Mental health conditions have a major impact on employee well-being and are one of the biggest causes of long-term absenteeism at work. The COVID-19 pandemic has increased people’s stress and anxiety levels and they are experiencing a wide spectrum of emotions, which means that mental health support and care matters now more than ever.
But as life slowly gets back to a new-normal and people begin to return to their workplaces, employers will need to implement new policies to address their employees’ increased anxiety, maintain their motivation and productivity, and promote good mental health in the workplace.
Anxiety in the workplace has always been high, but the circumstances of COVID-19 show an even quicker deterioration in mental health, loss of motivation and productivity. A study by Feel reveals a 200% increase in negative emotions during the COVID-19 pandemic, which is quite an extraordinary indicator of how mental health was affected.
For those in need of mental health support services, post-pandemic there will be even longer waiting times for appointments due to the shortage of therapists and the increase in the number of people needing support. This is because following intense social distancing and isolation trauma and PTSD symptoms are becoming more common amongst those who have survived COVID-19, those who have lost loved ones to COVID-19, and those who already suffer from long-term mental health issues such as depression and anxiety, who are predisposed to having an increased risk of developing PTSD.
However, this does not mean that each condition is permanent or even severe enough to be substantially limiting for an employee, but rather that some everyday life or work activities may be more time-consuming or difficult compared to others. Also, not surprisingly, common disorders such as anxiety and stress might increase due to workload.
We all face challenges in life that can impact our mental health.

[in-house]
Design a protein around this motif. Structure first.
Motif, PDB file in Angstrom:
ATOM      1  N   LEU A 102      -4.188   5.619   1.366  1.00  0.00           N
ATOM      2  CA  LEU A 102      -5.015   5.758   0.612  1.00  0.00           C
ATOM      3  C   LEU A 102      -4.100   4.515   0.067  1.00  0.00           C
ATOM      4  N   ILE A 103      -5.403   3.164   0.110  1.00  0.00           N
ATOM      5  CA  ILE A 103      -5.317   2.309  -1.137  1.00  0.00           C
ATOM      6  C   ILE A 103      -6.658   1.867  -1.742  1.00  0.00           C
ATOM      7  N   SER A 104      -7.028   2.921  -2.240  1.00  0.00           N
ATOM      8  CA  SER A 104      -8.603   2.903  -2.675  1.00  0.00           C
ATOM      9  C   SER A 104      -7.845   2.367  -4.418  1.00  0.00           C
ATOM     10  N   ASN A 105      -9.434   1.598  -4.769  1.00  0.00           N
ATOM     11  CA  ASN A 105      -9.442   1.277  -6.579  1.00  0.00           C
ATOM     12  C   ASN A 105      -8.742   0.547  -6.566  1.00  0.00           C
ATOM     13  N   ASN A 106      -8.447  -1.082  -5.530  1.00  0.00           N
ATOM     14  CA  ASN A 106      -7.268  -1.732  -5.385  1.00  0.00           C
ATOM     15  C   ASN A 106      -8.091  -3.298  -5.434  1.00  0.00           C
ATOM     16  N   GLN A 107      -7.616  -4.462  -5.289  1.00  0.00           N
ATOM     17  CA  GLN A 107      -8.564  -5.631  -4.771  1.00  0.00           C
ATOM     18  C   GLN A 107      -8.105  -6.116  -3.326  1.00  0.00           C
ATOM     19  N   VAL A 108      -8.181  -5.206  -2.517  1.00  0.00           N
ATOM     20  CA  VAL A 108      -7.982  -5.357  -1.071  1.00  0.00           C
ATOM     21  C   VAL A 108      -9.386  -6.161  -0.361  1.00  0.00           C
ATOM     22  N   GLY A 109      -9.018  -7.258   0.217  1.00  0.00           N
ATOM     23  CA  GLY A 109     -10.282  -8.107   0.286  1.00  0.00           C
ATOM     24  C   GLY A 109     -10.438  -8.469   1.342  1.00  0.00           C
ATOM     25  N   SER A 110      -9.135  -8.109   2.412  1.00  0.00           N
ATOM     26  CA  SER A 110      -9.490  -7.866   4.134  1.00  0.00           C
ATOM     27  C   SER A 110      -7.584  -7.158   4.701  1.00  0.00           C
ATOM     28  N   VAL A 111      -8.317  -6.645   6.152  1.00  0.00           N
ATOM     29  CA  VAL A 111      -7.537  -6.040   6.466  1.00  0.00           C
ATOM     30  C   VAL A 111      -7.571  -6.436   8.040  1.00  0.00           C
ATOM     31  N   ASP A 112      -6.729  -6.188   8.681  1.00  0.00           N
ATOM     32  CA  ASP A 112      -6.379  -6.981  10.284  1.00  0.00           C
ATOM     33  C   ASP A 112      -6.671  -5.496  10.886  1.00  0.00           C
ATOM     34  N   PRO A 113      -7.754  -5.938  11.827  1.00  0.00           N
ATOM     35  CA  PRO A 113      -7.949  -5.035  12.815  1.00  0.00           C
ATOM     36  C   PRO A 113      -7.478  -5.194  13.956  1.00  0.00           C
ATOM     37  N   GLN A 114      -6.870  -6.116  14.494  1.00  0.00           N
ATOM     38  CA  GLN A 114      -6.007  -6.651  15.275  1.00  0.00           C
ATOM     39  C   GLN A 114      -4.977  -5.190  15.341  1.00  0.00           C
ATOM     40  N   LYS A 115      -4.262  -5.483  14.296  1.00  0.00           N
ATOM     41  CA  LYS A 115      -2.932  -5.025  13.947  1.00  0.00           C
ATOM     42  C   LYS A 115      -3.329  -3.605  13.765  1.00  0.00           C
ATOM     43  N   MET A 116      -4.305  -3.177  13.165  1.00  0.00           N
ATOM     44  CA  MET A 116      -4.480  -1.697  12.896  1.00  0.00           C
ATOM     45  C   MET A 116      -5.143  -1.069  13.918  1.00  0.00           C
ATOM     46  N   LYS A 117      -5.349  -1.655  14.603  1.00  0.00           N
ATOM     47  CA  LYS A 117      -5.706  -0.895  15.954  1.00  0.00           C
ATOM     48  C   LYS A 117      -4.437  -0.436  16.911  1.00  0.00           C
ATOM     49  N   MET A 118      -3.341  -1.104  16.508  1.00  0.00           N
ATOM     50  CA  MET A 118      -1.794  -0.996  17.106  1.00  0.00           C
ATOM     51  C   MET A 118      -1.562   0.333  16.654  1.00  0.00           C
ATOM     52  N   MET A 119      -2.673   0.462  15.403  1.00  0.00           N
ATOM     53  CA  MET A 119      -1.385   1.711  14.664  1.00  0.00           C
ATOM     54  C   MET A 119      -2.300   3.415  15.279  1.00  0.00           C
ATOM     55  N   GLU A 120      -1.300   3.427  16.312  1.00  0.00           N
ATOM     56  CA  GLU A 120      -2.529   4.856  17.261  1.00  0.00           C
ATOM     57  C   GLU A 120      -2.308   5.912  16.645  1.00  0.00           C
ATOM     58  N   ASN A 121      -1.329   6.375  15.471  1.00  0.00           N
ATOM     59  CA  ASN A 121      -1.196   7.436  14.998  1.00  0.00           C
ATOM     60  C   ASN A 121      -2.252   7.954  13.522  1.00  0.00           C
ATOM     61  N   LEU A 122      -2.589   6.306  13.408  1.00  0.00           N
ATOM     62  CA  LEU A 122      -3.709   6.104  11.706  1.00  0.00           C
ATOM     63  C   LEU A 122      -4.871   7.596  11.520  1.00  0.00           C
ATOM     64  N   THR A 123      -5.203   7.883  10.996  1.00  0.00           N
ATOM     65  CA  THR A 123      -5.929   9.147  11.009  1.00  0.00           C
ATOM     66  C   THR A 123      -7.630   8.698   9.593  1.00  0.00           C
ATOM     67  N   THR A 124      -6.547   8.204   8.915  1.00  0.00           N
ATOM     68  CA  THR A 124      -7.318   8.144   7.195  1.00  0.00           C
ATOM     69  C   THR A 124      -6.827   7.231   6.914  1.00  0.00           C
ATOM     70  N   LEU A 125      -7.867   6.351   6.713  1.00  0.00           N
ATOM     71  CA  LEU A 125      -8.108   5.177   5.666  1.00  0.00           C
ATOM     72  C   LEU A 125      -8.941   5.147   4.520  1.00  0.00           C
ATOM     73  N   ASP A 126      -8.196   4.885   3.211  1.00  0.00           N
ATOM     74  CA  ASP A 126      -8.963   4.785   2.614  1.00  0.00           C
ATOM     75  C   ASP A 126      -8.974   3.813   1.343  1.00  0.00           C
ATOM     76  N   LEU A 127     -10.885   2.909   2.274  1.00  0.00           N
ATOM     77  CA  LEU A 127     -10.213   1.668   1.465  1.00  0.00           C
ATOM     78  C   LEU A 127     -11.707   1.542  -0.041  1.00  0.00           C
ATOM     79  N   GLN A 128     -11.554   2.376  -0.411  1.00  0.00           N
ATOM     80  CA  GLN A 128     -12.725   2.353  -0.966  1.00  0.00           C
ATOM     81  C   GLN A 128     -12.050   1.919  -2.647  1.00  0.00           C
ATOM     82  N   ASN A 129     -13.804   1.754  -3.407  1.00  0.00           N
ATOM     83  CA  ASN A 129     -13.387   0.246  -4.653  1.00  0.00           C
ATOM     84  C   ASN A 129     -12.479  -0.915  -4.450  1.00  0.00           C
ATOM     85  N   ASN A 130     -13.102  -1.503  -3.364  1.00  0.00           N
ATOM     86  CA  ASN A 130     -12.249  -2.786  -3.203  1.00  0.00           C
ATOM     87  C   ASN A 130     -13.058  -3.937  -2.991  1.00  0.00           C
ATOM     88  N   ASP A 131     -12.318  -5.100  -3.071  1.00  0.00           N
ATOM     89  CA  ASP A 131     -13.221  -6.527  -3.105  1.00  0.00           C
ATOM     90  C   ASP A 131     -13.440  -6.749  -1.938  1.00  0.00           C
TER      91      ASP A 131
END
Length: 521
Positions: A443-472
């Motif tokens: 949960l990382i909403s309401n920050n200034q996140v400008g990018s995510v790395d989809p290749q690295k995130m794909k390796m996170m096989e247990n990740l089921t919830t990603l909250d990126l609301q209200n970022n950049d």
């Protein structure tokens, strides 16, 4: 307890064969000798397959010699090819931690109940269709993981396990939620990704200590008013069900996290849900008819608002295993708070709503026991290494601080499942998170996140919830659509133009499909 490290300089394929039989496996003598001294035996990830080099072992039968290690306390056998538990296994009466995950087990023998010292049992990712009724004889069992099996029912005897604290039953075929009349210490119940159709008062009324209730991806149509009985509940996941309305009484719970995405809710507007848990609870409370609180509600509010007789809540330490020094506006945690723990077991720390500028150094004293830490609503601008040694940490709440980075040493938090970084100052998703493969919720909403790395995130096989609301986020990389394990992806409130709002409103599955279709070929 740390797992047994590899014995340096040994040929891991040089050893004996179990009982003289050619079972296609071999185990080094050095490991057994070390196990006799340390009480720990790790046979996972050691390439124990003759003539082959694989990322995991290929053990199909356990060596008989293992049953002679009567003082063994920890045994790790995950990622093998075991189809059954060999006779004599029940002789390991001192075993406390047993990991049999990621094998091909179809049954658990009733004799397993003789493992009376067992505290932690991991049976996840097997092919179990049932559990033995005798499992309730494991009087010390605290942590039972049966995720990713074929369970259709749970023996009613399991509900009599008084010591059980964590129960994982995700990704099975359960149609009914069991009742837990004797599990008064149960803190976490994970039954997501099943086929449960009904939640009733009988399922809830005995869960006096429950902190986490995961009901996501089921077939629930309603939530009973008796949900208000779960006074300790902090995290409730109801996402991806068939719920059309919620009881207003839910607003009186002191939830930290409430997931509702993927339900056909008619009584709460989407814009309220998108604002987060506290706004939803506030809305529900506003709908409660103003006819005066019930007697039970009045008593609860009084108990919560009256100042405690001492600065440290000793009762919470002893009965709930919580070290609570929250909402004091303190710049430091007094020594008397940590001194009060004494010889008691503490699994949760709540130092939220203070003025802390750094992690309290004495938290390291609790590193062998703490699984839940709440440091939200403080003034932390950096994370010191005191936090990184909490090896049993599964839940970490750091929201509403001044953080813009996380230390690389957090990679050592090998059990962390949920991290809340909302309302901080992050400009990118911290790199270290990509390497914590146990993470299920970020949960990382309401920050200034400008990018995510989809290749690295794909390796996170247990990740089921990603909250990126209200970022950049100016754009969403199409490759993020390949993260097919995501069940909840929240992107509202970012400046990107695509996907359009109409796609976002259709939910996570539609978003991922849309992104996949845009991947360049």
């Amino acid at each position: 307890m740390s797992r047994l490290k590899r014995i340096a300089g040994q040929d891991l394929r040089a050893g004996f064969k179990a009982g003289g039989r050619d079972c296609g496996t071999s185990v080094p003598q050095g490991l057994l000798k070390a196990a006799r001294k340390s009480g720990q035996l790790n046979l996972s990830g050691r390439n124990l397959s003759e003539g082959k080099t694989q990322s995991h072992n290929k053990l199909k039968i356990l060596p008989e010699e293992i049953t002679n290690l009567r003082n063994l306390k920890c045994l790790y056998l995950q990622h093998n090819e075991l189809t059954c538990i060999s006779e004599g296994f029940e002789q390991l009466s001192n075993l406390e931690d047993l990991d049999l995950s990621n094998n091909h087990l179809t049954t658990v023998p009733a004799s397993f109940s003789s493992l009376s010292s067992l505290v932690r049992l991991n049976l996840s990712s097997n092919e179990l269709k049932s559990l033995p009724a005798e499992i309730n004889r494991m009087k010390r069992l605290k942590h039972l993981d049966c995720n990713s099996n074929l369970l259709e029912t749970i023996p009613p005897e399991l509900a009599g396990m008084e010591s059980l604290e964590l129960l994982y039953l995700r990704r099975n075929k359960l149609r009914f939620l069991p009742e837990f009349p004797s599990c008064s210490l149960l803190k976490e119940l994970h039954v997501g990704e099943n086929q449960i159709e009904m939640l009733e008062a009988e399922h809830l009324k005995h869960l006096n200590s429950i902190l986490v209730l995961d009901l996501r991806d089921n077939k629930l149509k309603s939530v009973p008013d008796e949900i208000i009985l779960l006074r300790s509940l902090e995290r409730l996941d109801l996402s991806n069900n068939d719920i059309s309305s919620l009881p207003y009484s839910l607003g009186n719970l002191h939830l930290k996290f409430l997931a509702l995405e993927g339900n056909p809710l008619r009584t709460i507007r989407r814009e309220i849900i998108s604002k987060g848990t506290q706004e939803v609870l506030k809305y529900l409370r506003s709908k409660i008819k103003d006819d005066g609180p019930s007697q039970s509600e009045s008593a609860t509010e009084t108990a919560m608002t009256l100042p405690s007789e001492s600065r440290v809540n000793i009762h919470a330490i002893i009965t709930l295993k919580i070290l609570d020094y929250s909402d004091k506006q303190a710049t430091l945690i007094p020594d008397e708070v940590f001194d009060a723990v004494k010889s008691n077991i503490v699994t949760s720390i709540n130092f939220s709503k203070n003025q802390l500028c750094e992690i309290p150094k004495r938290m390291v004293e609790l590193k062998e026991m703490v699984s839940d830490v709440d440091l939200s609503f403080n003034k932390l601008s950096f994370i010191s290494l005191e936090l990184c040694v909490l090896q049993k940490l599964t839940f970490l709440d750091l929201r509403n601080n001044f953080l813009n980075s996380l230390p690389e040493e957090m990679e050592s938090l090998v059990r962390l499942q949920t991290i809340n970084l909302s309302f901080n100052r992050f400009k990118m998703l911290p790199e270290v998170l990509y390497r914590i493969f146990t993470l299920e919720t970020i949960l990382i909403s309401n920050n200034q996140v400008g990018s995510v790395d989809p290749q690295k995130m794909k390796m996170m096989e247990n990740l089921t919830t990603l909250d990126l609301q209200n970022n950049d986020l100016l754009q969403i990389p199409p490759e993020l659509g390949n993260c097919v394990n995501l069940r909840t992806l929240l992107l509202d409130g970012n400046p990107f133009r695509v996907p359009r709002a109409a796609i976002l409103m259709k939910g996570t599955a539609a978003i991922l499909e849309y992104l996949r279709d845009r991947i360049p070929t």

Mental health issues cost businesses both time and money. People with mental health conditions on average make 6 times more emergency room visits and consequently 4 times more medical claims compared to people without a mental health diagnosis. And that was before the COVID-19 pandemic broke out.
Fortunately, employers have started taking actions to safeguard mental health in the workplace. Indeed, the World Health Organisation (WHO) estimates that for every $1 invested in the treatment and support of mental health disorders sees a return of $4 in improved health and productivity. Researchers have also found that businesses who invest in mental health programs for their employees to reduce the stigma surrounding mental health, train managers and improve the culture around mental health in the workplace, see a $10 return for every $1 invested.
When it comes to the post quarantine return to normality and routine, many employees will face a lot of challenges and concerns when they return to the office including a potential increase in mental health issues amongst their employees.
The workplace will have to change and adapt quickly, and is the perfect time for HR departments to rethink their policies and take advantage of the opportunity to create a workplace culture that destigmatizes mental health.
Returning to work post COVID-19 will not be easy for anyone.
Employees will face a lot of challenges and concerns when they return to the office, not least increased stress and anxiety regarding their health, their jobs and childcare.
Employers need to ensure that policies and programs are in place that create a safe, productive environment, to address their employees’ concerns to maintain their motivation and productivity.
We have created a FREE guide designed to provide actionable advice on how to safeguard their workforce’s mental health.
This easy-to-read guide will help employers and HR professionals:
Download your free copy here.